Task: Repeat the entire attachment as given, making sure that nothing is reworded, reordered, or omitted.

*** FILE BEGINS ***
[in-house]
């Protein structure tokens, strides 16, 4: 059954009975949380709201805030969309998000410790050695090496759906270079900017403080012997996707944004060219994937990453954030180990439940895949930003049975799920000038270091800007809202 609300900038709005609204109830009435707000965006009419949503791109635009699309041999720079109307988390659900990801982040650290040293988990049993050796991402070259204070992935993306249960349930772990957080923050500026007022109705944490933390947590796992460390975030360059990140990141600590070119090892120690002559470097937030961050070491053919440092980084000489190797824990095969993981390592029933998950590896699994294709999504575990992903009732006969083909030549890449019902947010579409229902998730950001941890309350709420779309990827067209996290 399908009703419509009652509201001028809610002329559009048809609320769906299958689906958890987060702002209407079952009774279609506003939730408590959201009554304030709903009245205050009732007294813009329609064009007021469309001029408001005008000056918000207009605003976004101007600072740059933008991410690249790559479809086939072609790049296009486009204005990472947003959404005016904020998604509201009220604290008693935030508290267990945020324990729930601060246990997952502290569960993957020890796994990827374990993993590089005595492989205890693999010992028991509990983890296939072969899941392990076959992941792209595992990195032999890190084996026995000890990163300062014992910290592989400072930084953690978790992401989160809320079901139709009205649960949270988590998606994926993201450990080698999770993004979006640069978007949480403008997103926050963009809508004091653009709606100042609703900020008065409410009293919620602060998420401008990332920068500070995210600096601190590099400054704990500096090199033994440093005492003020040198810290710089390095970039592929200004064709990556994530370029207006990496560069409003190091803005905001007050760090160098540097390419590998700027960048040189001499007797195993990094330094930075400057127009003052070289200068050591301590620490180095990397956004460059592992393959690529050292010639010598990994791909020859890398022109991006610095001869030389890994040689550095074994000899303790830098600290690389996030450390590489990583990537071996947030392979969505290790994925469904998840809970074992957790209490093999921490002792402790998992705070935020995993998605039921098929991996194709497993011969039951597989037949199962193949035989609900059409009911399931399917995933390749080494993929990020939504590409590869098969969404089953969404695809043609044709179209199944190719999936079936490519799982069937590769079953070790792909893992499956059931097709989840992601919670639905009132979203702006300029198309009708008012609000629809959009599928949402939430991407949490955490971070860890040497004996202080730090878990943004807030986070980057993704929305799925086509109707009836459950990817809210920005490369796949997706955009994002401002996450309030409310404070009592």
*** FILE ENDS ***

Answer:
[in-house]
């Protein structure tokens, strides 16, 4: 059954009975949380709201805030969309998000410790050695090496759906270079900017403080012997996707944004060219994937990453954030180990439940895949930003049975799920000038270091800007809202 609300900038709005609204109830009435707000965006009419949503791109635009699309041999720079109307988390659900990801982040650290040293988990049993050796991402070259204070992935993306249960349930772990957080923050500026007022109705944490933390947590796992460390975030360059990140990141600590070119090892120690002559470097937030961050070491053919440092980084000489190797824990095969993981390592029933998950590896699994294709999504575990992903009732006969083909030549890449019902947010579409229902998730950001941890309350709420779309990827067209996290 399908009703419509009652509201001028809610002329559009048809609320769906299958689906958890987060702002209407079952009774279609506003939730408590959201009554304030709903009245205050009732007294813009329609064009007021469309001029408001005008000056918000207009605003976004101007600072740059933008991410690249790559479809086939072609790049296009486009204005990472947003959404005016904020998604509201009220604290008693935030508290267990945020324990729930601060246990997952502290569960993957020890796994990827374990993993590089005595492989205890693999010992028991509990983890296939072969899941392990076959992941792209595992990195032999890190084996026995000890990163300062014992910290592989400072930084953690978790992401989160809320079901139709009205649960949270988590998606994926993201450990080698999770993004979006640069978007949480403008997103926050963009809508004091653009709606100042609703900020008065409410009293919620602060998420401008990332920068500070995210600096601190590099400054704990500096090199033994440093005492003020040198810290710089390095970039592929200004064709990556994530370029207006990496560069409003190091803005905001007050760090160098540097390419590998700027960048040189001499007797195993990094330094930075400057127009003052070289200068050591301590620490180095990397956004460059592992393959690529050292010639010598990994791909020859890398022109991006610095001869030389890994040689550095074994000899303790830098600290690389996030450390590489990583990537071996947030392979969505290790994925469904998840809970074992957790209490093999921490002792402790998992705070935020995993998605039921098929991996194709497993011969039951597989037949199962193949035989609900059409009911399931399917995933390749080494993929990020939504590409590869098969969404089953969404695809043609044709179209199944190719999936079936490519799982069937590769079953070790792909893992499956059931097709989840992601919670639905009132979203702006300029198309009708008012609000629809959009599928949402939430991407949490955490971070860890040497004996202080730090878990943004807030986070980057993704929305799925086509109707009836459950990817809210920005490369796949997706955009994002401002996450309030409310404070009592």